Compagnie Martine Pisani
Compagnie Martine Pisani
Danspace Project, St. Mark’s Church, NYC
January 18, 20–21, 2007
Reviewed by Lea Marshall
Compagnie Martine Pisani in Bande à part
Photo by Frederic Valabregue, courtesy Compagnie Martine Pisani
“OK, it’s time. I’m going to get undressed and stand here naked.” So spoke the thin man, wearing street clothes, who walked onstage and stood at rest before the audience. And with that he began to describe his actions and feelings, as if he actually were taking off his clothes. But he wasn’t. Curiously, this immobile narration conveyed as visceral a sense of nakedness as if the dancer had in fact stripped. Hearing the thoughts he might have had as he removed his shirt or bent to take his pants off felt more intimate than watching flesh revealed in silence, from a distance.
In Bande à part (Band of Outsiders), French choreographer Martine Pisani, according to her program note, attempted to create a solo dance with four dancers. This endeavor yielded a work both comically absurd and unexpectedly complex. Christophe Ives, Théo Kooijman, Eduard Mont de Palol, and Olivier Schram all moved with a loose playfulness that appeared by turns haphazard or delicate and considered. As one dancer took center stage the others watched from the sides, acting as narrators, or chorus, or simply as audience. As in the opening, one dancer might narrate a series of actions that would not be performed until later, by another dancer. The men appeared simultaneously unique and interchangeable.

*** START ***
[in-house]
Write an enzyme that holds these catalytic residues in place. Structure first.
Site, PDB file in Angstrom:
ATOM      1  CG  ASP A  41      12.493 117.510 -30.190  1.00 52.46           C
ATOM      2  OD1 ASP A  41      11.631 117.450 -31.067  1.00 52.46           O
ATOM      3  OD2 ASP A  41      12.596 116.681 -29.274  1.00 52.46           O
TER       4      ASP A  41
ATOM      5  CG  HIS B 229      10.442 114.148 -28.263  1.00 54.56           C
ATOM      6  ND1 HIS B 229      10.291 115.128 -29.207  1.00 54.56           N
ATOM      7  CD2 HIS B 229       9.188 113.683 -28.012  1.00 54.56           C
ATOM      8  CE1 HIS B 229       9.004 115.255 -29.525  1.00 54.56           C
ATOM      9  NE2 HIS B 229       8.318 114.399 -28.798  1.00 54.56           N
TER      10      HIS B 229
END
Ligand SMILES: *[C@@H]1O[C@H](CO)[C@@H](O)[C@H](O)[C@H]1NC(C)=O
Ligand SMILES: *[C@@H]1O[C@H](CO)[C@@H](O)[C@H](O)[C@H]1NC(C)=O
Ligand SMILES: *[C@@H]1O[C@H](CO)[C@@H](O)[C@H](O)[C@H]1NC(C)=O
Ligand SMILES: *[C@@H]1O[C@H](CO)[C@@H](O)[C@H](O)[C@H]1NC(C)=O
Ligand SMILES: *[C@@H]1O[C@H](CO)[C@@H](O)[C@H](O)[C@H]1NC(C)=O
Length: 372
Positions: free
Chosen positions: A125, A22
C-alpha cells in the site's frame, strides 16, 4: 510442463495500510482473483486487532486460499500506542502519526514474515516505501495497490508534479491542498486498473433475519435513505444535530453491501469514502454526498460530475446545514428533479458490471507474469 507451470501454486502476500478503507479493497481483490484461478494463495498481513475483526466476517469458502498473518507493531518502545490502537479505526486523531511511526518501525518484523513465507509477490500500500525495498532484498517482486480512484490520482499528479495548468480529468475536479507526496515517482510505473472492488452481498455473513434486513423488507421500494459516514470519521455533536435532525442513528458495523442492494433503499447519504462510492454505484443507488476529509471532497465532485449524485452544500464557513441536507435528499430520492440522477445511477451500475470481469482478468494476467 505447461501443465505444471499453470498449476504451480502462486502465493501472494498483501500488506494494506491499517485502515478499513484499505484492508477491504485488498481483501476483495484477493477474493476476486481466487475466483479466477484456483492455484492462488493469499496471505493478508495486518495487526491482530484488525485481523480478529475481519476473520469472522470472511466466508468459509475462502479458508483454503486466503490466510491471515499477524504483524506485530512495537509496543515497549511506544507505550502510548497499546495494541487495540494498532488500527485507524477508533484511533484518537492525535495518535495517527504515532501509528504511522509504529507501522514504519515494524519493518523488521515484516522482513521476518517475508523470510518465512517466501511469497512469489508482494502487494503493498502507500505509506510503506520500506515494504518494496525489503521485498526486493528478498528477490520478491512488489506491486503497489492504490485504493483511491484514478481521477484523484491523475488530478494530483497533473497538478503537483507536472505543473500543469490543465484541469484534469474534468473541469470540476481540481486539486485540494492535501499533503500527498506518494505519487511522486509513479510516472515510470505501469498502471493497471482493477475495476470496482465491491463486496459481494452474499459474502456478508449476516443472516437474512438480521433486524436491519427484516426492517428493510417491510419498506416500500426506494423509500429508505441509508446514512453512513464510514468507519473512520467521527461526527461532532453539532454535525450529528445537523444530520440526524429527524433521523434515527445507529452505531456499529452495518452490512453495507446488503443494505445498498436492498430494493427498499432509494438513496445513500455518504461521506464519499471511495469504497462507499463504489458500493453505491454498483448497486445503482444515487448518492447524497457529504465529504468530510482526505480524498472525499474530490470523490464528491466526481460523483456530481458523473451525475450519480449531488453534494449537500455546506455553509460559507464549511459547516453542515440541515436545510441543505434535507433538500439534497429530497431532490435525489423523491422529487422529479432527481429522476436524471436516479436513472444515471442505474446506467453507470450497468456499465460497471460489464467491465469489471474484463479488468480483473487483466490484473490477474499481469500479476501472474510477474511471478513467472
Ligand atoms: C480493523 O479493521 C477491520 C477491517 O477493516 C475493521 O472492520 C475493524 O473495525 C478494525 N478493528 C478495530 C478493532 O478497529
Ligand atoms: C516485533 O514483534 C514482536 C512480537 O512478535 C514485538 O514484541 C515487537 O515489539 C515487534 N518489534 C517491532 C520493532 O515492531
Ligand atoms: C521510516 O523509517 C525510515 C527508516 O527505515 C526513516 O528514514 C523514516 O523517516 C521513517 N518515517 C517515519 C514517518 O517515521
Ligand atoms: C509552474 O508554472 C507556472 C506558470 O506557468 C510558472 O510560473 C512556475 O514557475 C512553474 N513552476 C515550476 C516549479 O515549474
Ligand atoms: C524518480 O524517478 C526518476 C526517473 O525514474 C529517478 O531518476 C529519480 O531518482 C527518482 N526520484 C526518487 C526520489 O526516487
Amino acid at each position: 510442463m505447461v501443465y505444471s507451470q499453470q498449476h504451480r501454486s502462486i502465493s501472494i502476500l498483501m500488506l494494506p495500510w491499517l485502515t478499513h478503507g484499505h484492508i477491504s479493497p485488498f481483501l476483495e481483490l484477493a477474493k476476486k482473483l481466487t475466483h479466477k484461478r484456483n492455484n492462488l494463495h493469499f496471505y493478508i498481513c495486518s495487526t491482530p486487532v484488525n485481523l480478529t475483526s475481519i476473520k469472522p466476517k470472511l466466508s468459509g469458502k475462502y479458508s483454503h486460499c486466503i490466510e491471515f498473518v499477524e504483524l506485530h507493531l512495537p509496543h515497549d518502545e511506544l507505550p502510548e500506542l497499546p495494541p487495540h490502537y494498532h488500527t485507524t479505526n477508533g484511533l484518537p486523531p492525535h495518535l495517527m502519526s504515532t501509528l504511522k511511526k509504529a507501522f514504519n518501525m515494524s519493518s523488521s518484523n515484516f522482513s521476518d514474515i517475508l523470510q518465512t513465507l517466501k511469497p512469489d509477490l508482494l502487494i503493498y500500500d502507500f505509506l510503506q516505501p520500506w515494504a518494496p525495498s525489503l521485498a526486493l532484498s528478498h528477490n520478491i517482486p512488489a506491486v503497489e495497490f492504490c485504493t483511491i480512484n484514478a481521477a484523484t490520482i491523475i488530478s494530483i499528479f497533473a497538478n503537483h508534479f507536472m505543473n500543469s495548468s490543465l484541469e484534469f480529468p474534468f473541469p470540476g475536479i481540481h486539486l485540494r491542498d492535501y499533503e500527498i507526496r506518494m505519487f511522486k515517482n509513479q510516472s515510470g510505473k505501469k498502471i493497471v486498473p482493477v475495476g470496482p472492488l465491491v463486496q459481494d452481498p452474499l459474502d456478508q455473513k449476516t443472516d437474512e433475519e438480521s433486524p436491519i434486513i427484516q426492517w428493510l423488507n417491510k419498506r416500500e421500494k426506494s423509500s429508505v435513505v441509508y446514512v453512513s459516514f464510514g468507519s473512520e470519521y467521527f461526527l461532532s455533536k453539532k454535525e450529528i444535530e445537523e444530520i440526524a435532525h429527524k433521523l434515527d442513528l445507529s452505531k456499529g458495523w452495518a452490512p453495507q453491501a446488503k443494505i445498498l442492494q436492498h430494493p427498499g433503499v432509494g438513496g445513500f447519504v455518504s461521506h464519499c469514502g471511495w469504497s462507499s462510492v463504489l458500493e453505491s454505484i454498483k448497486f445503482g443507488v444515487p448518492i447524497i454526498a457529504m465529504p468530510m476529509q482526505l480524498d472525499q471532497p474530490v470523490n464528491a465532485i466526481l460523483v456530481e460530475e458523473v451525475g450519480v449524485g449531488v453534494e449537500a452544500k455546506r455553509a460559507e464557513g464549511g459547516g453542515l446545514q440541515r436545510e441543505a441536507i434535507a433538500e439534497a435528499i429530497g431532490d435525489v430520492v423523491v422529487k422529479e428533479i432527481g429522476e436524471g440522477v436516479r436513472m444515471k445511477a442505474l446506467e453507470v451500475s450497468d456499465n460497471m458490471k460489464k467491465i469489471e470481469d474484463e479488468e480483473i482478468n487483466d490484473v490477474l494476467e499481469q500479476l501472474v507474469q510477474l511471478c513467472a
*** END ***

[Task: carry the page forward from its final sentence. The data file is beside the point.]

Had you been peering through a window at the men, you might have felt that rather than watching dancers, you were watching inmates of an asylum. They ran and hopped. They carried props—water bottles, tape players, paper signs, a comb—and riffed on them. They took their clothes off (down to underwear only) and traded shirts or pants or shoes. They drank cups of water, and were struck with drowsiness when center stage. They blurred the line between being amusing and being themselves amused. They moved rather than danced, and in a consciously awkward way, scrambling across the floor, jumping wildly about, or trudging along the sidelines as if they had a job to do.
Toward the end of the hour-long work, even when the men’s antics began to feel repetitive, their characters remained engaging to watch—so much, though, that they never quite succeeded in becoming one person. What a waste of resources that would have been, anyway!